Mike Miazga: In Closing

The black book

September 1, 2012
I have a black book.

Mine’s nothing like the one Fonzie in “Happy Days” used to carry around and it certainly bears no resemblance to the one former Hollywood madam Heidi Fleiss is said to have kept. It’s probably closer to the NFL’s media directory, which is called the “Black Book.”

My boring black book is 6 in. by 4 in. and has a leather cover. I picked it up during my travels and use it to take notes and write down contact information at industry events. I fi nd its size very convenient for on-the-gotravel and suitable for back pants pocket or inside suit pocket placement. My only problem is I’m down to about 20 blank pages and have no clue where I can get a new one.

The bottom-line commonality with these black books — nefarious uses aside — is they provide an important organizational resource.

How strategic is your company’s long-term vision?

There’s even a black book floating around our industry these days. Longtime former wholesale executive and current industry consultant Brent Grover has written “The Little Black Book of Strategic Planning.”

Grover comes from the family wholesale business. Back in 1914, his grandfather founded National Paper and Packaging Co., which was a distribution company. Grover joined the business after a several-year stint at

Arthur Andersen. When his father died unexpectedly at a young age, Grover and his brother, Jeff, bought out other family members and continued to grow the business until they sold it to a private equity fund in 1999.

Grover now is managing partner of Evergreen Consulting, serving as a distribution channel adviser on strategic planning, acquisitions, strategic pricing and profitability improvement. The crux of Grover’s message is quite simple. Wholesalers need to have a firm plan of attack in place in terms of long-range focus; but what is in the plan can make a major difference.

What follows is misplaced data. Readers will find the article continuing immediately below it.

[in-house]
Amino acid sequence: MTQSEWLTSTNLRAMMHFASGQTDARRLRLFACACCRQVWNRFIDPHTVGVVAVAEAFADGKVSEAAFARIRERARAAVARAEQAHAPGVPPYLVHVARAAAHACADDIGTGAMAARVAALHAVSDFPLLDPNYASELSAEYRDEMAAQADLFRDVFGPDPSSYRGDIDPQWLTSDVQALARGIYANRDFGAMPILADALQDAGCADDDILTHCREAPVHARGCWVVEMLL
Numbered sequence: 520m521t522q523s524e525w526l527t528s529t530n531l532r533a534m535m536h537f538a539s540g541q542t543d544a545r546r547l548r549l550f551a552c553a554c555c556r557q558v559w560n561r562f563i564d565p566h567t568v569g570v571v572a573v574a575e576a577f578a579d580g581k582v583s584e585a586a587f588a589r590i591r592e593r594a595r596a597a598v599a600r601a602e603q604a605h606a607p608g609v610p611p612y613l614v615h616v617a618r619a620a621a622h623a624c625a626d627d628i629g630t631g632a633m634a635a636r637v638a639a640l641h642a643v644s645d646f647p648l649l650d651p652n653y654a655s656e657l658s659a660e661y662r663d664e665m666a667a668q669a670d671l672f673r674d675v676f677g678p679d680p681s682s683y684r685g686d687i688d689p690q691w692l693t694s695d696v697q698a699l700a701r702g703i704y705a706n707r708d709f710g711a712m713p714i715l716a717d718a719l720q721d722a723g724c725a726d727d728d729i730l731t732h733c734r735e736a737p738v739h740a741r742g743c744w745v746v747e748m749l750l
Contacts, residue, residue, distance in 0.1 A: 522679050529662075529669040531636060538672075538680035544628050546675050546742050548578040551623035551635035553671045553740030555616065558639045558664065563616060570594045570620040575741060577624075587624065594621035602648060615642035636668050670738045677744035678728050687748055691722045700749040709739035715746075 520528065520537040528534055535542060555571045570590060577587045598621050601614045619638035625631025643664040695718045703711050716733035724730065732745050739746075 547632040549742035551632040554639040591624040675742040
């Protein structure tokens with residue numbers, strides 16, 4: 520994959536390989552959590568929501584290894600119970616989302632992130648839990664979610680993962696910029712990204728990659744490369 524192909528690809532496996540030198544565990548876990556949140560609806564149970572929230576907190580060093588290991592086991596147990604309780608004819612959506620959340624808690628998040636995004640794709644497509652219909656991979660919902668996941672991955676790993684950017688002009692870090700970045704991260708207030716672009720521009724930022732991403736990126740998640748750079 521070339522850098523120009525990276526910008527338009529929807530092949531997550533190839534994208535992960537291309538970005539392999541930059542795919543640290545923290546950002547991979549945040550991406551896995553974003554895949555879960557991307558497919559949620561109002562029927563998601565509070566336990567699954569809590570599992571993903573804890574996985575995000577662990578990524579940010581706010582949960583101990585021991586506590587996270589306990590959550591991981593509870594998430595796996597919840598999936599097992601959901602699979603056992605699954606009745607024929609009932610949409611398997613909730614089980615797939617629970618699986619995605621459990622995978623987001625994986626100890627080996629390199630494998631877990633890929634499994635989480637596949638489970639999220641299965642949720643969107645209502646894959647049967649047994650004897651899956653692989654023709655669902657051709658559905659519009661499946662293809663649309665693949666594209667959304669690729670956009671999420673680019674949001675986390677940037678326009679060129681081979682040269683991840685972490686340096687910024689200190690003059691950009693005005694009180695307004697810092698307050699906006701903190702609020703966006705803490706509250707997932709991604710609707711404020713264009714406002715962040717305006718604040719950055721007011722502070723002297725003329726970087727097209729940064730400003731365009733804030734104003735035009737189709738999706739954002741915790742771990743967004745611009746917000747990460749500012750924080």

“In the last 20 years a lot of wholesale distributors got the message you should have a plan,” Grover tells me.

“Saying you need a bigger computer system or a bigger warehouse or you want to do a better job servicing customers, those are solutions aimed to fix gaps. If you have a lot of gaps to fix you probably are not ready to execute a change in strategic direction. The strategic plan is not really about fixing what is broken.”

Instead Grover stresses having a broader-based view of your company. “The plan is how to get from where you are now to where you want to go,” he says. “Have a strategic plan and then link your annual plans. Do one each for three years and link those each year. What do you need to do in the next year to get you closer to the big goal?”

Grover notes taking a step forward can be as easy as enhancing your sales force. “Go get great salespeople.

Either develop your own or hire good ones from competitors,” he says. “Other strategic initiatives can be opening new branch locations, taking on a new product line or service or making a series of small acquisitions. Those make things happen. In most cases, getting a new computer system or getting a website going is not a strategic initiative. That’s fixing a gap with something customers want you to have, but you don’t have.”

Grover puts a lot of stock in extending that strategic plan to how a company approaches pricing, particularly zeroing in on the optimization of available data. “Use pricing information harvested from your company’s database and analyze that data and develop a strong foundation for consistent, market-driven pricing,” he says.

We all know this industry has gone through tumultuous times over the past few years. A recent flurry of new association financial reports shows the industry continues to make positive recovery strides, but at a little slower pace than anyone would like. You can get a snapshot of those updates in our news section on page 8 and a full rundown of recent ASA, HARDI and Affiliated Distributors reports can be found at www.supplyht.com.

Companies and executives have learned from the economic craziness of the last few years. They’ve come out the recession leaner and better equipped to move forward.

But in this day and age where there are smaller slices of the pie and more people wanting to sample the pie, having your black book filled with a sound business roadmap can be a real game-changer.

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